I would be remiss if I did not highlight the most beautiful and poignant scene of The Lion, the Witch and the Wardrobe.
“And now, who has won? Fool, did you think that by all this you would save the human traitor? Now I will kill you instead of him as our pact was and so the Deep Magic will be appeased. But when you are dead what will prevent me from killing him as well? And who will take him out of my hand then? Understand that you have given me Narnia forever, you have lost your own life and you have not saved his. In that knowledge, despair and die.”
If you are at all familiar with the Chronicles of Narnia, you know that these are the final words spoken by the White Witch before she slays Aslan on the Stone Table as a substitute for Edmund. Because Edmund had attempted to betray his siblings and deliver them to certain death at the hands of the White Witch, his life belonged to her. All traitors’ lives were her property.
Aslan took that punishment for Edmund. He voluntarily surrendered his life even though it seemed to be giving evil the victory. In the subsequent battle, without Aslan, the prospects would have been rather bleak for the forces of good. The Witch was a powerful sorceress, and with her magical ability to turn any living thing to stone, the battle would have been very difficult if not impossible to win.
Even with that knowledge, Aslan still willingly went to the Stone Table for the sake of one traitor. The thing is that Aslan had another piece of knowledge that the Witch did not have.
“’It means,’ said Aslan, ‘that though the Witch knew the Deep Magic, there is a magic deeper still which she did not know. Her knowledge goes back only to the dawn of time. But if she could have looked a little further back, into the stillness and the darkness before Time dawned, she would have read there a different incantation. She would have known that when a willing victim who had committed no treachery was killed in a traitor’s stead, the Table would crack and Death itself would start working backward.’”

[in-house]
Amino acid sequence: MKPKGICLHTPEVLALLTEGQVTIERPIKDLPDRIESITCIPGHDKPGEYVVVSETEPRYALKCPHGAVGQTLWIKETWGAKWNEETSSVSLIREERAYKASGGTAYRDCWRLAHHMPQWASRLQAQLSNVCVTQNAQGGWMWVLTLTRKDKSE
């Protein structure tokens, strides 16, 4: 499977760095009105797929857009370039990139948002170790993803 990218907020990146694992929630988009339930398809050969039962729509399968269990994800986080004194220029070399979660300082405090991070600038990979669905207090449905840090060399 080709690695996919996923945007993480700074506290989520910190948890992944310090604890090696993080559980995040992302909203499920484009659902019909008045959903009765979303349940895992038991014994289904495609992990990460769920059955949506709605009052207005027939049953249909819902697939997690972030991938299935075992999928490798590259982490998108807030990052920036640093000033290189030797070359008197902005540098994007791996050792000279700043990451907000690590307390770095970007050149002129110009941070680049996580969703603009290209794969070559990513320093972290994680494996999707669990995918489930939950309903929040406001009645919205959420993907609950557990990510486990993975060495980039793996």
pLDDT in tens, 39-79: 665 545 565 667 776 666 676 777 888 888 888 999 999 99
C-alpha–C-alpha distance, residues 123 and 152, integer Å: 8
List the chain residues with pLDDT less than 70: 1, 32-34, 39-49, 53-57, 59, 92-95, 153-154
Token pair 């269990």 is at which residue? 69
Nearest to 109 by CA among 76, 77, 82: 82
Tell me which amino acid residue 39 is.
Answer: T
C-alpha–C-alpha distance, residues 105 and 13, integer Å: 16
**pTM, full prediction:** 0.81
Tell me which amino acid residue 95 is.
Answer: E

Aslan was triumphant specifically because he was without fault. He was in a unique position to save Edmund’s life because he had committed no treachery. Only an innocent victim could pay the penalty and demolish the power of death.
The symbolism here is obvious, and even with only a cursory knowledge of both Narnia and Christianity, you would know that Aslan is representative of Jesus Christ. He died in the place of one who could not pay his own penalty, but because of his sacrifice, he triumphs over death and brings salvation to not only Edmund but also Narnia as a whole.
In battle the next day, Aslan kills the White Witch and installs the Pevensie children as kings and queens of Narnia. The wintery curse of evil had been broken, and the power of the Witch had been demolished. All was set to right through the sacrifice of a perfect victim. It is a beautiful thing in fiction, but it is even more beautiful in in reality.
 CS Lewis, “The Lion, the Witch and the Wardrobe” in The Chronicles of Narnia Complete 7-Book Collection with Bonus Book: Boxen (New York: HarperCollins, 2005), Kindle Locations 3925-3929, Kindle Edition.
 Ibid., Kindle Locations 4000-4003.